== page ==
My list of my Twenty Favorite Episodes of TV in 2016 continues!  Click here for the beginning of my list, numbers twenty through sixteen, and click here for part two, numbers fifteen through ten.

Let’s continue as we enter my Top Ten!

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10. The People v. O.J. Simpson: American Crime Story: “Marcia, Marcia, Marcia” (season one, episode six, aired on 3/8/16) – I vividly remember the events of the O.J. trial, and at first the idea of a TV dramatization of those events didn’t hold much appeal for me, but like everyone else I was blown away by the riveting ten-episode The People v. O.J. Simpson.  I was incredibly impressed with the way the show humanized so many of the men and women involved in the trial, even those who at the time I saw as villains or cartoons.  The show’s greatest triumph was its complete redemption of losing prosecutor Marcia Clarke, who was brutalized by the media and much of the public at the time.  This incredible episode of the show shines a spotlight on this particular issue, showing the many ways in which Ms. Clarke was run through the public ringer as she attempted to prosecute the case.  The show, and this episode, hold out Ms. Clarke as a hero, someone attempting to navigate the impossible collision of prosecuting a hugely public case while also attempting to maintain a private life and be a mom to her kids, all the while going through a nasty divorce (and the way that divorce was thrust into the public eye), as well as incredible sexism and judgments about her appearance (her outfits, her hairstyle) made by the general public and colleagues alike.  We see Ms. Clarke forced to grin and bear snide comments not only from Judge Lance Ito but even a nameless check-out clerk when she’s buying tampons.  It’s heartbreaking.  This performance was a triumph by Sarah Paulson, who was able to bring Ms. Clarke to life with enormous dignity and grace, and who with just a tiny movement or look could bring the audience right into Ms. Clarke’s heart and mind.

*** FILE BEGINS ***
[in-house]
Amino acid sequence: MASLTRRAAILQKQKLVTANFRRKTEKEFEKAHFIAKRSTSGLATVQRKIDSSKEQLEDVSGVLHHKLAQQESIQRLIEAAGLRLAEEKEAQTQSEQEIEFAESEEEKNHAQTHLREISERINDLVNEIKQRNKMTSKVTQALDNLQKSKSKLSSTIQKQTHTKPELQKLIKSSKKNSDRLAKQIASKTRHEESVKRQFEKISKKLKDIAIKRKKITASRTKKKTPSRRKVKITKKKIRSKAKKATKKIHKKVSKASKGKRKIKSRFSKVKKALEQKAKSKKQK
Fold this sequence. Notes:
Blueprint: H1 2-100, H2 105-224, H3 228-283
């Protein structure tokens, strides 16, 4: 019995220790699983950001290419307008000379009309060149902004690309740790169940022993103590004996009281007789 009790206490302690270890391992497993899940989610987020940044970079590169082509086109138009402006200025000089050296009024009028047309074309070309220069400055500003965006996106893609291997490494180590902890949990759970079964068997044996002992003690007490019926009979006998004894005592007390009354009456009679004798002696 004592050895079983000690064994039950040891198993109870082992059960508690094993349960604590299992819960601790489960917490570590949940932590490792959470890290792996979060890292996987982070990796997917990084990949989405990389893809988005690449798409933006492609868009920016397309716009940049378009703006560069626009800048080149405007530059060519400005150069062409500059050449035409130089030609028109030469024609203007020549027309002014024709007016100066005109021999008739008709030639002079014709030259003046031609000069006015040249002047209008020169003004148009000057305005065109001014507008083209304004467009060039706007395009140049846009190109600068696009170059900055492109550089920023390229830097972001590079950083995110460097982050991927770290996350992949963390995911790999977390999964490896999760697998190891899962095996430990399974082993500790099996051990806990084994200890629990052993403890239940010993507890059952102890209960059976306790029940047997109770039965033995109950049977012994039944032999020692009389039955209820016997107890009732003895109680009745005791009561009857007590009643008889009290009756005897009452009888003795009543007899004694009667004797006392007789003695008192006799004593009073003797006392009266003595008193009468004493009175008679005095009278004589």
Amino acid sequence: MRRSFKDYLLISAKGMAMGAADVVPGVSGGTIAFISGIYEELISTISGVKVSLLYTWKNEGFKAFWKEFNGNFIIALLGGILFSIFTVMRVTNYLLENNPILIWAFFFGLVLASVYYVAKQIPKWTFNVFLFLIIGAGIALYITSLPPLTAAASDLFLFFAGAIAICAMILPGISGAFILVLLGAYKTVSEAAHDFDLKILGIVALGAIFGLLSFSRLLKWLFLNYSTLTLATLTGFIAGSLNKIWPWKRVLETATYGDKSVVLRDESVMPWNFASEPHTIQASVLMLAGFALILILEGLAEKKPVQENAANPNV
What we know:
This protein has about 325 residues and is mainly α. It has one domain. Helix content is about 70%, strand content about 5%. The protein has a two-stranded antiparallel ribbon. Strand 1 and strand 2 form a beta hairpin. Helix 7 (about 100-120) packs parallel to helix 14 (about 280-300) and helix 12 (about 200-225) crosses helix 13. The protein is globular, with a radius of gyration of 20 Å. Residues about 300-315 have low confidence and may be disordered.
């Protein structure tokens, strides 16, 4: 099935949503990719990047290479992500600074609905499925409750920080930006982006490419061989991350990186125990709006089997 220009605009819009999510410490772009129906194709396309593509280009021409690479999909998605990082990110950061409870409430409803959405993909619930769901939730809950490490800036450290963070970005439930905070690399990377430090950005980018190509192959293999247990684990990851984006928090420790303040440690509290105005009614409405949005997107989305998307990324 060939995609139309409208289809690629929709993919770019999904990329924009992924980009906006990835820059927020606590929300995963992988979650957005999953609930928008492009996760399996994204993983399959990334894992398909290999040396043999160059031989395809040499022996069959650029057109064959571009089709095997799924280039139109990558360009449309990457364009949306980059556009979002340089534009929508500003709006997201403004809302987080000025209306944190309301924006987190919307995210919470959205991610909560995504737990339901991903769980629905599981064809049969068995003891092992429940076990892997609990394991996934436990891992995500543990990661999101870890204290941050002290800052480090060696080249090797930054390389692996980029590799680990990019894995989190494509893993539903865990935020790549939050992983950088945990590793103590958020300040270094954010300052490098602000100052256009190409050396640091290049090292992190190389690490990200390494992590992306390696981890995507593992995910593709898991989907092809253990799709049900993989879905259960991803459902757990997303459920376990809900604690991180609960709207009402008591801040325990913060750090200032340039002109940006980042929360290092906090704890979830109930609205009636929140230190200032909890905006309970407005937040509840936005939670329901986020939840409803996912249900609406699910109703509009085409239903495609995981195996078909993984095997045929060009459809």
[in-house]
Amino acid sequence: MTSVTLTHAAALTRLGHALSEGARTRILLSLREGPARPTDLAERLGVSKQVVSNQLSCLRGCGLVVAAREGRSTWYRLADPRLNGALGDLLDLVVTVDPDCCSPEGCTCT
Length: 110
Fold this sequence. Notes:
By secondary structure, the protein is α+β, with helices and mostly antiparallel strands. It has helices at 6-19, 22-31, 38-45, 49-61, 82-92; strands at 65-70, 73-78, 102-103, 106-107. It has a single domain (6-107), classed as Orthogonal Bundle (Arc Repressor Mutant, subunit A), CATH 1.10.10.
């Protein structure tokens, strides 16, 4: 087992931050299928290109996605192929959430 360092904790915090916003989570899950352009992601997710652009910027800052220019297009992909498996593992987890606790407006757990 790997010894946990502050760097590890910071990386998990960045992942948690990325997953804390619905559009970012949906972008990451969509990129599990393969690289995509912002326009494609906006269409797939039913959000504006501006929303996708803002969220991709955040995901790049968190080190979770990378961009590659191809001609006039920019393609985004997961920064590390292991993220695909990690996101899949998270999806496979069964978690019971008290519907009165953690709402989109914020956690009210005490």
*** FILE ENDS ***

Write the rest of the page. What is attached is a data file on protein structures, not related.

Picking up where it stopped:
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9. Black Mirror: “San Junipero” (season three, episode four, released on 10/21/16) – I rejoiced that Black Mirror, Charlie Brooker’s marvelous British anthology series exploring the dangers of technology, was resurrected by Netflix for a third season.  This new season didn’t wind up matching the greatness of the first two seasons, but one standout was this episode, “San Junipero.”  In the 1980′s, we follow the gentle story of the flowering relationship between Yorkie (The Martians Mackenzie Davis), a tentative young woman first taking ownership of the idea that she is a lesbian, … [continued]

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Josh Reviews Catastrophe Season Two!